The opposition coalition in Guinea-Bissau has gained a majority in the parliamentary elections, which will bring back the legislature after a 13-month hiatus but probably put an end to the president’s plans for constitutional reform.
The electoral commission announced on Thursday that the PAI Terra Ranka coalition, led by the former ruling PAIGC party, had won 54 of the 102 seats in the election held on Sunday.
28 seats were won by the Madem G15 party, which is led by President Umaro Sissoco Embalo, who dissolved parliament in May of last year over allegations of corruption.
The outcome puts an end to Embalo’s attempts to force through a constitutional amendment that would have given him the opportunity to consolidate power by doing away with the nation’s semi-presidential system.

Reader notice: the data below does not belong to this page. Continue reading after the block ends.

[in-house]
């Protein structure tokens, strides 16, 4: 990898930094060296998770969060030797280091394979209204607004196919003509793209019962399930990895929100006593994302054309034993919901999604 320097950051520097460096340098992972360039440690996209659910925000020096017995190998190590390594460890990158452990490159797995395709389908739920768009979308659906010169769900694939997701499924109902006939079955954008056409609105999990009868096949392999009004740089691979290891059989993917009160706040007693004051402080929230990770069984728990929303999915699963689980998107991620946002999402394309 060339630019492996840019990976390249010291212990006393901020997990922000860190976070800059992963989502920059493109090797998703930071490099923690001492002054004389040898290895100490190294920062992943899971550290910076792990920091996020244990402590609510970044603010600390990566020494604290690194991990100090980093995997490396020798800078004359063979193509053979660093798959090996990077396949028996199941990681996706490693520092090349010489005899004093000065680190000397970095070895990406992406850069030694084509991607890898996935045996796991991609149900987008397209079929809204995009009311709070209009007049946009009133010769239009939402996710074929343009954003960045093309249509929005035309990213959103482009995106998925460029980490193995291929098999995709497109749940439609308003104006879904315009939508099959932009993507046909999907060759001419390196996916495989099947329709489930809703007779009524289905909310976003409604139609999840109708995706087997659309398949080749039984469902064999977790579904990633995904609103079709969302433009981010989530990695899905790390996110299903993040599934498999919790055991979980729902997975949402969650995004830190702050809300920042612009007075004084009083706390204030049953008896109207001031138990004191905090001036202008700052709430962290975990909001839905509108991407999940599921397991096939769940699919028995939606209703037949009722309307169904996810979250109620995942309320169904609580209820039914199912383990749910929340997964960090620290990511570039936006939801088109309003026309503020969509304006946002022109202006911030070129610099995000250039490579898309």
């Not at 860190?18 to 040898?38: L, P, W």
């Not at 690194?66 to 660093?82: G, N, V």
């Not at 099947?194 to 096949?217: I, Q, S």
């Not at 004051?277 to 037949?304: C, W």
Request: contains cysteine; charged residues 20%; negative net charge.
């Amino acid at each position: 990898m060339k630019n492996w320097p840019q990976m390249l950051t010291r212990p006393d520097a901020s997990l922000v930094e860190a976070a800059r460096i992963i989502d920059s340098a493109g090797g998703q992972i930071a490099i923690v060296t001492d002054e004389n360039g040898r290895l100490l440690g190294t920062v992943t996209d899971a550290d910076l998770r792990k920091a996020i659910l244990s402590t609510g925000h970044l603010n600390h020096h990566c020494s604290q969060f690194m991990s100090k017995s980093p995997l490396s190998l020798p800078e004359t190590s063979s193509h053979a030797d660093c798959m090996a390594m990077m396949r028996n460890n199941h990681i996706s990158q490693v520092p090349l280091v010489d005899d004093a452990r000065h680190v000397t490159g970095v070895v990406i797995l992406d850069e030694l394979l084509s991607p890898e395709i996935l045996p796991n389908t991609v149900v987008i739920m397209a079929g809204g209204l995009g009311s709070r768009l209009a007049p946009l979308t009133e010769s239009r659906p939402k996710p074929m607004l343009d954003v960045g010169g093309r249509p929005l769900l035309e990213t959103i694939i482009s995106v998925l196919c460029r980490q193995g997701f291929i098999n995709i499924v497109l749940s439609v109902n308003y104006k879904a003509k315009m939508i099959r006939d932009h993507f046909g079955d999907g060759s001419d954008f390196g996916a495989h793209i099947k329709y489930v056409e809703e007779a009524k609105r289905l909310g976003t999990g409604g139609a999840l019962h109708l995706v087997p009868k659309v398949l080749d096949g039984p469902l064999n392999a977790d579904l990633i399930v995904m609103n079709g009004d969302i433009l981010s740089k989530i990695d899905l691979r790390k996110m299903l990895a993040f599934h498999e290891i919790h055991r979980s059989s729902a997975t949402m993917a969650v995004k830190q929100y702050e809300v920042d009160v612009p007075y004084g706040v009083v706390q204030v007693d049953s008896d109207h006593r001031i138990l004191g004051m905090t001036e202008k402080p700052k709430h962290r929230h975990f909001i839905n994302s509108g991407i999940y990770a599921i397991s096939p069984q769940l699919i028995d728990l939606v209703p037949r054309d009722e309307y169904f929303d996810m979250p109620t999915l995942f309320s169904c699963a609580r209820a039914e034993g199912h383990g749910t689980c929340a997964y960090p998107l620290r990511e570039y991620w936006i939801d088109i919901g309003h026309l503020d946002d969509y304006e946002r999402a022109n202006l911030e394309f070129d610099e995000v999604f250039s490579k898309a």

Such a reform is opposed by the PAIGC party. Since gaining independence from Portugal in 1974, the nation of almost 2 million inhabitants in West Africa has had at least 10 coups or attempted coups.
Widespread poverty has been brought on by a recent drop in the price of cashew nuts, which are its principal export.
As voters sought some stability, more than 20 political parties and coalitions contested seats on Sunday.
In the existing political system, the president has the authority to remove the government under certain conditions, but the majority party or coalition appoints it. That has led to political deadlock and infighting in the past.